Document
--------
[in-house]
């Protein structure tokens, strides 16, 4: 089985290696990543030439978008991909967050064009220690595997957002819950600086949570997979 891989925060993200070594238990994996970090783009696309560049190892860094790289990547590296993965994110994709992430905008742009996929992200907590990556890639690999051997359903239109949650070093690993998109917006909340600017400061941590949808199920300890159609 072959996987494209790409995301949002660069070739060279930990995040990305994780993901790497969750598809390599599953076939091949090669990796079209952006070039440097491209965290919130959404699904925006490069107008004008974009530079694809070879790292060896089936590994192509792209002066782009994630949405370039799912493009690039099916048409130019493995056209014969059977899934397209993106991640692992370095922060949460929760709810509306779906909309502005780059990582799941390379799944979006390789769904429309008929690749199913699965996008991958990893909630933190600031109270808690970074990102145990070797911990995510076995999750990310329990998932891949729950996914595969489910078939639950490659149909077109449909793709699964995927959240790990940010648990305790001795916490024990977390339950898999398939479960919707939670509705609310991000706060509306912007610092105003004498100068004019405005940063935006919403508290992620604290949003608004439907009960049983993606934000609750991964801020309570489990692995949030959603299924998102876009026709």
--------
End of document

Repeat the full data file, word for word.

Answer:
[in-house]
């Protein structure tokens, strides 16, 4: 089985290696990543030439978008991909967050064009220690595997957002819950600086949570997979 891989925060993200070594238990994996970090783009696309560049190892860094790289990547590296993965994110994709992430905008742009996929992200907590990556890639690999051997359903239109949650070093690993998109917006909340600017400061941590949808199920300890159609 072959996987494209790409995301949002660069070739060279930990995040990305994780993901790497969750598809390599599953076939091949090669990796079209952006070039440097491209965290919130959404699904925006490069107008004008974009530079694809070879790292060896089936590994192509792209002066782009994630949405370039799912493009690039099916048409130019493995056209014969059977899934397209993106991640692992370095922060949460929760709810509306779906909309502005780059990582799941390379799944979006390789769904429309008929690749199913699965996008991958990893909630933190600031109270808690970074990102145990070797911990995510076995999750990310329990998932891949729950996914595969489910078939639950490659149909077109449909793709699964995927959240790990940010648990305790001795916490024990977390339950898999398939479960919707939670509705609310991000706060509306912007610092105003004498100068004019405005940063935006919403508290992620604290949003608004439907009960049983993606934000609750991964801020309570489990692995949030959603299924998102876009026709």